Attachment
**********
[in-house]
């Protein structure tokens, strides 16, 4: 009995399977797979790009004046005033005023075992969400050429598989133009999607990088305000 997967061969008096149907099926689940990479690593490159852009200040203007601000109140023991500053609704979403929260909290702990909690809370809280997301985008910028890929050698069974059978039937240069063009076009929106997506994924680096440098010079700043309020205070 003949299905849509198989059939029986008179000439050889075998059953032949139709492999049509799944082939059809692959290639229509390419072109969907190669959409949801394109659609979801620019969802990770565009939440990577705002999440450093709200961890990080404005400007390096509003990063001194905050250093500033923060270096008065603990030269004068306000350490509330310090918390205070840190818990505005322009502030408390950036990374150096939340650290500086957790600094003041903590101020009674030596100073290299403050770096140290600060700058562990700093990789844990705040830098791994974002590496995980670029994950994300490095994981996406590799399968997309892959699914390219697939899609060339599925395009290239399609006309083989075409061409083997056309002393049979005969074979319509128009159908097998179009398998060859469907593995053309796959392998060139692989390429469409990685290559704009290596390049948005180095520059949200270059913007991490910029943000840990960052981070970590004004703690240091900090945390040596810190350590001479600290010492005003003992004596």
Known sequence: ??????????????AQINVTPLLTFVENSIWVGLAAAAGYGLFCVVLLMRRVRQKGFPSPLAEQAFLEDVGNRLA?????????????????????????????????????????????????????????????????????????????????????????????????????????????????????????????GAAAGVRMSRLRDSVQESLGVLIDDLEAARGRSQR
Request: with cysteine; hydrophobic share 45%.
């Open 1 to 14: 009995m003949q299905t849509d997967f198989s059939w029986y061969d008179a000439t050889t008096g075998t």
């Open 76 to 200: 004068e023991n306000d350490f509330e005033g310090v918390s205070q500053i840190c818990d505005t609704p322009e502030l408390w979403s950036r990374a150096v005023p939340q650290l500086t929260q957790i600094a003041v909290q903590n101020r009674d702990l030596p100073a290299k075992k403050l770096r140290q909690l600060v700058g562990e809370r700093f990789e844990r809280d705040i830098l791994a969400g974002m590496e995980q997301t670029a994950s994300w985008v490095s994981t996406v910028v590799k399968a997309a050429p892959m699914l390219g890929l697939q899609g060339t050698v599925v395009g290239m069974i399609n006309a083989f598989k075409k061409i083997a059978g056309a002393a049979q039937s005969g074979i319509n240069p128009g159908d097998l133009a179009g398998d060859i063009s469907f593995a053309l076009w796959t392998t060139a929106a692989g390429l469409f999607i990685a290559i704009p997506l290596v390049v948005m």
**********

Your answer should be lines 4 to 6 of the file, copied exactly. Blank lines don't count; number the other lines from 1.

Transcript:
Request: with cysteine; hydrophobic share 45%.
């Open 1 to 14: 009995m003949q299905t849509d997967f198989s059939w029986y061969d008179a000439t050889t008096g075998t």
């Open 76 to 200: 004068e023991n306000d350490f509330e005033g310090v918390s205070q500053i840190c818990d505005t609704p322009e502030l408390w979403s950036r990374a150096v005023p939340q650290l500086t929260q957790i600094a003041v909290q903590n101020r009674d702990l030596p100073a290299k075992k403050l770096r140290q909690l600060v700058g562990e809370r700093f990789e844990r809280d705040i830098l791994a969400g974002m590496e995980q997301t670029a994950s994300w985008v490095s994981t996406v910028v590799k399968a997309a050429p892959m699914l390219g890929l697939q899609g060339t050698v599925v395009g290239m069974i399609n006309a083989f598989k075409k061409i083997a059978g056309a002393a049979q039937s005969g074979i319509n240069p128009g159908d097998l133009a179009g398998d060859i063009s469907f593995a053309l076009w796959t392998t060139a929106a692989g390429l469409f999607i990685a290559i704009p997506l290596v390049v948005m």